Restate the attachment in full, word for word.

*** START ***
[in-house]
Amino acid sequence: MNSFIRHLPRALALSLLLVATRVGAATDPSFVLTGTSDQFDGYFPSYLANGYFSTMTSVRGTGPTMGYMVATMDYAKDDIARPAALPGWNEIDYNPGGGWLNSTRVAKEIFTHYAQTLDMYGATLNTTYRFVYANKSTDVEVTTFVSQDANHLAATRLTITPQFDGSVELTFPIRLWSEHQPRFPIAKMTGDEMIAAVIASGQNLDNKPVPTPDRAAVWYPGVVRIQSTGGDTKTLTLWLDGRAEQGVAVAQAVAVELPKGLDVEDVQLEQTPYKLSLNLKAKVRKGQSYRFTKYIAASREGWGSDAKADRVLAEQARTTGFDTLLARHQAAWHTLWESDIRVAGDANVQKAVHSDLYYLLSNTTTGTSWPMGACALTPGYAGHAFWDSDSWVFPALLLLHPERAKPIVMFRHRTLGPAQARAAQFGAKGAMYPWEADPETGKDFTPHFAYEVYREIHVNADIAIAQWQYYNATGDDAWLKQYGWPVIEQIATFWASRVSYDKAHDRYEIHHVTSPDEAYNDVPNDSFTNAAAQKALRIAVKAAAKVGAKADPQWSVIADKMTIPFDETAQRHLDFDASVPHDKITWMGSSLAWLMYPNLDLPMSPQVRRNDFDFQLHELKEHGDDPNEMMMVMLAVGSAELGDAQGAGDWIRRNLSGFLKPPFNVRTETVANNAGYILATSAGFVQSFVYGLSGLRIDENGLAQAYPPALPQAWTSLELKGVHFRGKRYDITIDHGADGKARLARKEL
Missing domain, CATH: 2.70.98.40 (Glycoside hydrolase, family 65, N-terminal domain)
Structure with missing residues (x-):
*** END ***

[in-house]
Amino acid sequence: MNSFIRHLPRALALSLLLVATRVGAATDPSFVLTGTSDQFDGYFPSYLANGYFSTMTSVRGTGPTMGYMVATMDYAKDDIARPAALPGWNEIDYNPGGGWLNSTRVAKEIFTHYAQTLDMYGATLNTTYRFVYANKSTDVEVTTFVSQDANHLAATRLTITPQFDGSVELTFPIRLWSEHQPRFPIAKMTGDEMIAAVIASGQNLDNKPVPTPDRAAVWYPGVVRIQSTGGDTKTLTLWLDGRAEQGVAVAQAVAVELPKGLDVEDVQLEQTPYKLSLNLKAKVRKGQSYRFTKYIAASREGWGSDAKADRVLAEQARTTGFDTLLARHQAAWHTLWESDIRVAGDANVQKAVHSDLYYLLSNTTTGTSWPMGACALTPGYAGHAFWDSDSWVFPALLLLHPERAKPIVMFRHRTLGPAQARAAQFGAKGAMYPWEADPETGKDFTPHFAYEVYREIHVNADIAIAQWQYYNATGDDAWLKQYGWPVIEQIATFWASRVSYDKAHDRYEIHHVTSPDEAYNDVPNDSFTNAAAQKALRIAVKAAAKVGAKADPQWSVIADKMTIPFDETAQRHLDFDASVPHDKITWMGSSLAWLMYPNLDLPMSPQVRRNDFDFQLHELKEHGDDPNEMMMVMLAVGSAELGDAQGAGDWIRRNLSGFLKPPFNVRTETVANNAGYILATSAGFVQSFVYGLSGLRIDENGLAQAYPPALPQAWTSLELKGVHFRGKRYDITIDHGADGKARLARKEL
Missing domain, CATH: 2.70.98.40 (Glycoside hydrolase, family 65, N-terminal domain)
Structure with missing residues (x-):